Jewish families moved into two homes in an eastern Jerusalem neighborhood following the eviction of its Palestinian residents.
Jewish settlers were evicted from a home near the Cave of the Patriarchs in Hebron without incident.
There is no place like home, and no one knows it better than the former Jewish settlers of the Gaza Strip. Evicted from their beachside villages on the shores of the lapping Mediterranean Sea, they are living this week out of hotel rooms, high school dormitories or in refugee-like tent camps.
Late last week, post-eviction, Ruth Etzion found herself wandering the streets of the Samaria settlement of Ofra, the home of her in-laws. Walking under tall pine trees in an almost trance-like state, Etzion, her husband Yaacov, and their three children reside in a two-room dormitory "suite" in the local religious girls school. It's a step down from their two-story home on the sandy streets of the isolated Gush Katif settlement of Morag.
But Etzion was content in some ways. For her, moving into the girls' school in August brought closure. Exactly four years ago that is where she and Yaacov got married.
A federal court trial, alleging that the Orthodox Jewish owners of a Pico-Robertson building evicted a tenant because he shared his apartment with a non-Jew, is scheduled to open in Los Angeles next week.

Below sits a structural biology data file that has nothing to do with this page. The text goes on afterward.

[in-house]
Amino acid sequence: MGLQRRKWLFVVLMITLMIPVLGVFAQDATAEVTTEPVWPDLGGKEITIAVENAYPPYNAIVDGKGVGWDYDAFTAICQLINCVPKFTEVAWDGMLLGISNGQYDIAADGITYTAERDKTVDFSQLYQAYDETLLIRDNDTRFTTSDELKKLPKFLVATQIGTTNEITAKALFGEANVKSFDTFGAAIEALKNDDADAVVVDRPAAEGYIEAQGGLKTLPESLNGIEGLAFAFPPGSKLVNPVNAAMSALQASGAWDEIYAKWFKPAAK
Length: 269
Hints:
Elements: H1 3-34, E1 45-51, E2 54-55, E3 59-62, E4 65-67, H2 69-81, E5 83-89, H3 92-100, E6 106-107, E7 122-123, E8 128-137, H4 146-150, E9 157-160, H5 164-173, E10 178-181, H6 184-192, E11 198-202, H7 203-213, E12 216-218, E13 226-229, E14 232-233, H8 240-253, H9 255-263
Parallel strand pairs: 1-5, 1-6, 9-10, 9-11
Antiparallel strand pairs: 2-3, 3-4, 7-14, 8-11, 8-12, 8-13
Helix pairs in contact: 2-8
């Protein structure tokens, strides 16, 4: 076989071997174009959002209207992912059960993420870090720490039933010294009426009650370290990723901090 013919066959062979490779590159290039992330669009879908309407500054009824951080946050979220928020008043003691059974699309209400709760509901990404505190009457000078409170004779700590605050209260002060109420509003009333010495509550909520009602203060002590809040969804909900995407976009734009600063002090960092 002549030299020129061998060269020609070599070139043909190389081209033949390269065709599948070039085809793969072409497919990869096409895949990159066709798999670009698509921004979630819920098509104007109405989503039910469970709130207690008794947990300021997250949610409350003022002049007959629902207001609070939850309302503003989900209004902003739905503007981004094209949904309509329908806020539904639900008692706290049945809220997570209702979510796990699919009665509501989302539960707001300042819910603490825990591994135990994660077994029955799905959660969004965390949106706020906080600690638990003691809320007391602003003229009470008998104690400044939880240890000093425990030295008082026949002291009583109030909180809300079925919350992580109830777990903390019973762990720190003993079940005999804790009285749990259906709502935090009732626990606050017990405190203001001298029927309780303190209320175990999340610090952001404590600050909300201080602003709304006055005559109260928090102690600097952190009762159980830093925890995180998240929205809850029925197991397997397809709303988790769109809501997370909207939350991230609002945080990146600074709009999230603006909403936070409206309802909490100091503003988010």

The suit by Lawrence "Chaim" Stein alleges that he was evicted in 2004 by the board of Torat Hayim, a nonprofit that is best known for its Pico-Robertson school and synagogue, but that also manages a handful of apartments.
Stein's central piece of evidence in the suit is a voice mail left on his phone answering machine by Michael Braum, one of the suit's defendants and the pro bono manager of the apartment in the 8800 block of Alcott Street.
"I can't believe you rented to a goy," says the voice on the tape, which Braum has acknowledged as his in a deposition.
"Two days after that, we get an eviction notice," Stein said.
Rejecting tenants based on religion is illegal. Braum noted in an interview that Torah Hayim's tenants include non-Jews. He insisted that the issue was not religion, but that Stein unilaterally changed terms of the lease.